The new window does have a nailing fin, although it is not actually mechanically-fastened in place -- the installer used DAP 3.0 caulk/adhesive (for the cold-weather application -- it's the black stuff shown in the photos, as I think he got the roofing type by mistake!?). He did create a sort of 'sill plate' with Protecto-wrap tape, but as far as I can tell, it's not taped/flashed anywhere else along the perimeter.

Here are my questions:

- Should we also mechanically fasten the window to the house sheathing, as extra security (since we have the fin there), or should the caulk/adhesive that's already been used enough?

- Can we proceed with installing J-channel/brick mould without adding more Protecto-wrap or flashing along the perimeter of the window? If not, what could/should we do, trying to both minimize the disruption to the siding, and do an adequate job of protecting against water? [I've read that in an ideal situation, we'd have house wrap, and then would layer Protecto-wrap over that... but seeing that we don't have house wrap and aren't going to redo siding anytime soon to add it underneath, what should we do? I also have read some advice against J-channel altogether, but I have no idea how to do other flashing in our application -- any suggestions to that end?]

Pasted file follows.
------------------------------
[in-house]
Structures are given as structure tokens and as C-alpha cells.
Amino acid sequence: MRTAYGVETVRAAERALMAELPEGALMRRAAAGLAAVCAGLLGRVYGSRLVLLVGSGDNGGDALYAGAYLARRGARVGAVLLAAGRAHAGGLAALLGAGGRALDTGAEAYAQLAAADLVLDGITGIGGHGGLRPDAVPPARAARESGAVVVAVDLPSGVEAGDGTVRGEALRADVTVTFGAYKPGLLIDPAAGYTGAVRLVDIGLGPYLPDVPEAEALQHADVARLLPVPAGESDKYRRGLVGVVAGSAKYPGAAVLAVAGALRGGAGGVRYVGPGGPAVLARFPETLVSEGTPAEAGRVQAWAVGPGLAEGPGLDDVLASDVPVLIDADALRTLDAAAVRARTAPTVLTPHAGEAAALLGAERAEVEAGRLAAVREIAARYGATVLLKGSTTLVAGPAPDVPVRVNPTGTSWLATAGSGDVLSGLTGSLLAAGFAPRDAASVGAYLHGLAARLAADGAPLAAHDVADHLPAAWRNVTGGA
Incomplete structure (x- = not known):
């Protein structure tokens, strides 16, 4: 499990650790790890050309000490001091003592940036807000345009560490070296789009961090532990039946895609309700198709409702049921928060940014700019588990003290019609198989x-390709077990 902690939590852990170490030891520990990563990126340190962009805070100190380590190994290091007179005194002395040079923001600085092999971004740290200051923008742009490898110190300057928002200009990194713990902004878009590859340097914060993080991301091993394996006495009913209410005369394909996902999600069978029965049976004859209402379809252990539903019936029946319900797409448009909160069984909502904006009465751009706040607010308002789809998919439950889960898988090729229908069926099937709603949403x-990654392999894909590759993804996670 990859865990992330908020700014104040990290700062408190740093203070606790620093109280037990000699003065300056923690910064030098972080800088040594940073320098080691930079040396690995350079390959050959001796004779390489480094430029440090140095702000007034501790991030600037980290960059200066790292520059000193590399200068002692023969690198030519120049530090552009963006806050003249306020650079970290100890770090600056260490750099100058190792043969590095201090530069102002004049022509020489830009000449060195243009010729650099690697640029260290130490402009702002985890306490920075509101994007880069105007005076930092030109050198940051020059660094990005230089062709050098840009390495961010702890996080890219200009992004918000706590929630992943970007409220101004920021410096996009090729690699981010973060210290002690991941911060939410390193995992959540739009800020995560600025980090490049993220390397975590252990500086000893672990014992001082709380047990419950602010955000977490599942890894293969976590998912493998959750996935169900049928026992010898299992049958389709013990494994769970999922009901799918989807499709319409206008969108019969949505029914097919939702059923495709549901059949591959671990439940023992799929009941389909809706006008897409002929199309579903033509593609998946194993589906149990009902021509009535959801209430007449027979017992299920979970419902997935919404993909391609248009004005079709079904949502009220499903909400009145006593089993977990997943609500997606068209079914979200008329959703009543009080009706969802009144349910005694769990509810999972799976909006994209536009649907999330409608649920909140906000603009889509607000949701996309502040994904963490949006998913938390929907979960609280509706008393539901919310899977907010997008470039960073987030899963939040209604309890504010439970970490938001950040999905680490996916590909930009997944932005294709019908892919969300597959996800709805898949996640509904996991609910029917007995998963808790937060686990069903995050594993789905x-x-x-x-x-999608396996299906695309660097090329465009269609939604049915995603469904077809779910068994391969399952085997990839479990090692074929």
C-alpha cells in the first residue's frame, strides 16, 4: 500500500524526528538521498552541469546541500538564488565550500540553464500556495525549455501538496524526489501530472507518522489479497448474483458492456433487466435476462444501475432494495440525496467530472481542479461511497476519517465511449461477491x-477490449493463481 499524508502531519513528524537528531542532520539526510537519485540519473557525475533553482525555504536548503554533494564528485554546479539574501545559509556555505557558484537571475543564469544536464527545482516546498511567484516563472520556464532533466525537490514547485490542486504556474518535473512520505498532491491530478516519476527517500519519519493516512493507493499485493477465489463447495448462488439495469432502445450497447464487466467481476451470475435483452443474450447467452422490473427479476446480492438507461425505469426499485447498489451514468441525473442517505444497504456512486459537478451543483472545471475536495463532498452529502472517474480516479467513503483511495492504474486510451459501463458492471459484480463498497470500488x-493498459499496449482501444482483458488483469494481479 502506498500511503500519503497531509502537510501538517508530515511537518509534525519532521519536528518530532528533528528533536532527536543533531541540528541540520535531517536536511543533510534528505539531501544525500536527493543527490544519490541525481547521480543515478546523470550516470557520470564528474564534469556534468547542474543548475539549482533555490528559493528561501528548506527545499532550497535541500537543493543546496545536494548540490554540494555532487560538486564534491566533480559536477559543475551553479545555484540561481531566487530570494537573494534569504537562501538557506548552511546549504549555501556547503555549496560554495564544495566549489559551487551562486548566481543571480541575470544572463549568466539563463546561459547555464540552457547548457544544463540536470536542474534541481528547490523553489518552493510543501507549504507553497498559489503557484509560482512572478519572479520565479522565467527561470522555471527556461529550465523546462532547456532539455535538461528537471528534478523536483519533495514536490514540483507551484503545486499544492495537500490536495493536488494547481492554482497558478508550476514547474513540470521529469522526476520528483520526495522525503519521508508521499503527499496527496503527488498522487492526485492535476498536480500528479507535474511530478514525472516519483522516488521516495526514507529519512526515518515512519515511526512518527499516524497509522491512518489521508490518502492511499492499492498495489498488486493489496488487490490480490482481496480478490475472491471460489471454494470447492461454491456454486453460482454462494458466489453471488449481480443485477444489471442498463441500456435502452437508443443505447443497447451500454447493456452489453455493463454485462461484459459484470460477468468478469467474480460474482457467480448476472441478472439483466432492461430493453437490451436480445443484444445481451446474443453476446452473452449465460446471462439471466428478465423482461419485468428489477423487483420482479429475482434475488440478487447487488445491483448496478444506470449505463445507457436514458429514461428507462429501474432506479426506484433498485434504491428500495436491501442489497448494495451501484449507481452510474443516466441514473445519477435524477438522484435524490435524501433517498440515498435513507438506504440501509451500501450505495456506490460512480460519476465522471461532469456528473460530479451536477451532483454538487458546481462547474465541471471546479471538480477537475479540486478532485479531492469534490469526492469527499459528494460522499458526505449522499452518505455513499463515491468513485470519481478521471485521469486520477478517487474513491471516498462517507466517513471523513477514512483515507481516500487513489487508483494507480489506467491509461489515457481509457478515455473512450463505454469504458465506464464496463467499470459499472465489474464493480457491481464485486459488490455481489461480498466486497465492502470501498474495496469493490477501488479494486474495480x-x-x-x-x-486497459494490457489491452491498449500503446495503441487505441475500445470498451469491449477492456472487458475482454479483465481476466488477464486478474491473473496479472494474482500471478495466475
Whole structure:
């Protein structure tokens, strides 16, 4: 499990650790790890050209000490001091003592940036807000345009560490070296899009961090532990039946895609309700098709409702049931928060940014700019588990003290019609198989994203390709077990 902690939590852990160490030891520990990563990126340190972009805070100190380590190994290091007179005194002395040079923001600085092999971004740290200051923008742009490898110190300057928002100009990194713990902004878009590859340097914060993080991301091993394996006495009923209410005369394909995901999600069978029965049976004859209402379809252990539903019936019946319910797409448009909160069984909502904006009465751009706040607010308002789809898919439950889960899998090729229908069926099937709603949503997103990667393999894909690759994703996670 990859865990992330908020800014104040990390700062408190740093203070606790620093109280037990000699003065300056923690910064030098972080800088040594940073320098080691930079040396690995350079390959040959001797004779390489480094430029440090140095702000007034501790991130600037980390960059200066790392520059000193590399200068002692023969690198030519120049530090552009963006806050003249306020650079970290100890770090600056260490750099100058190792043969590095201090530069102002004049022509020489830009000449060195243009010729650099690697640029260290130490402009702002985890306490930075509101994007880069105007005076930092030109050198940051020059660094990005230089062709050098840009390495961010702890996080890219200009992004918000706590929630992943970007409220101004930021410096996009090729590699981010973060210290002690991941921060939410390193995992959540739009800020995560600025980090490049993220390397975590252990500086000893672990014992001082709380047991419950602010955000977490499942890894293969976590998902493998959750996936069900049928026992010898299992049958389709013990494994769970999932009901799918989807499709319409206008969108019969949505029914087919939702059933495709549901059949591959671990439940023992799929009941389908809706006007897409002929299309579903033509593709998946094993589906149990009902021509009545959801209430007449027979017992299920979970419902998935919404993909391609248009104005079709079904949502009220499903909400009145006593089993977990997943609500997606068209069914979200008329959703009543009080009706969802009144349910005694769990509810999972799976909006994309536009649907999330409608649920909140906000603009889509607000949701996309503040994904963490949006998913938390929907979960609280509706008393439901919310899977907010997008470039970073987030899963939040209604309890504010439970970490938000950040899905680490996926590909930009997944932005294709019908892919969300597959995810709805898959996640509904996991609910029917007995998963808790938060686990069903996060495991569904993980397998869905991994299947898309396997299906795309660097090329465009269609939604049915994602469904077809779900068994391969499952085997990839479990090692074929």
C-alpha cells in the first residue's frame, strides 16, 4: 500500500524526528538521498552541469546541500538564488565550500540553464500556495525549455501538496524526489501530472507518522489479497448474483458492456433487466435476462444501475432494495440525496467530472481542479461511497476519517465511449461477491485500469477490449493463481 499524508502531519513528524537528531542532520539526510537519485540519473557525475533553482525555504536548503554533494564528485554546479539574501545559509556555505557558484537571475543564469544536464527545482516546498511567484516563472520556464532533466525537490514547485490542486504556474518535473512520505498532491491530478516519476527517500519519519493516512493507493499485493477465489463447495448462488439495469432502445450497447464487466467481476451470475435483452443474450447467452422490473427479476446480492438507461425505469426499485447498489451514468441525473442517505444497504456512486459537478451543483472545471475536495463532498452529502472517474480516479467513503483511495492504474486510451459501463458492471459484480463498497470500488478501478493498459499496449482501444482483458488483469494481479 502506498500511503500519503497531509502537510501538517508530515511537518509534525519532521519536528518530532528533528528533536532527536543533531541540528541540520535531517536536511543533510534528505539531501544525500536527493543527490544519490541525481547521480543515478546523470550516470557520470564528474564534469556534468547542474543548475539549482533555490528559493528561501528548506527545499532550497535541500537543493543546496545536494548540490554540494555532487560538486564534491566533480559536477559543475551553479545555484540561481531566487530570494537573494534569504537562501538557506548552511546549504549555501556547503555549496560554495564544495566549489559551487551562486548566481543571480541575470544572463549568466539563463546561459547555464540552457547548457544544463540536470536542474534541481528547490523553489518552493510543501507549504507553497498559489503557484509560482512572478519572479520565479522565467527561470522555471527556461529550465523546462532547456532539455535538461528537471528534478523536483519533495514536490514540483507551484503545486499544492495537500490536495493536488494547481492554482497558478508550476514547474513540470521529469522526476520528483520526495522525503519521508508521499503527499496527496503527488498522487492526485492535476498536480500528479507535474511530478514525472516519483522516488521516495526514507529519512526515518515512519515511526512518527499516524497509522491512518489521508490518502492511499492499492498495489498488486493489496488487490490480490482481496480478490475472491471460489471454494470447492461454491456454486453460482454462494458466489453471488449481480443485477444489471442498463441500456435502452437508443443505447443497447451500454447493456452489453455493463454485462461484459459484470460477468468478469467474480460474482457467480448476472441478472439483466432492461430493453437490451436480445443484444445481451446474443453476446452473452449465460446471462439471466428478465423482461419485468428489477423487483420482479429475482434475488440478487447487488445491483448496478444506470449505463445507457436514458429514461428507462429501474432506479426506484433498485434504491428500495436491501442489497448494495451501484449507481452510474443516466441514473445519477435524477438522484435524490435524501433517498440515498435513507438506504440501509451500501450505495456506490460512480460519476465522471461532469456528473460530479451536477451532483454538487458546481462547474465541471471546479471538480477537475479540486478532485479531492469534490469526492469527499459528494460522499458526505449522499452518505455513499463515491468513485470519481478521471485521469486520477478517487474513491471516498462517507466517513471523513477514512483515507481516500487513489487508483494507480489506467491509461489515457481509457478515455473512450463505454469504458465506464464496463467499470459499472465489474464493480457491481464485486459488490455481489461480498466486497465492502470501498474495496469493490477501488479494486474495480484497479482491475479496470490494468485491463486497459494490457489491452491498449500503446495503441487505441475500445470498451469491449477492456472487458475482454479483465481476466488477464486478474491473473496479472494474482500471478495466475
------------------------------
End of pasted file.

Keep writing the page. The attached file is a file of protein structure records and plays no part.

- Assuming we do use J-channel, can it be used on all 4 sides of the window (including underneath), or do we need to use the specific under-sill type of siding piece for the bottom? (We have J-channel and metal roll flashing on site, but not the specific under-sill type piece - so it'd be nice to make use of what we have here, if it's not a big deal to substitute.)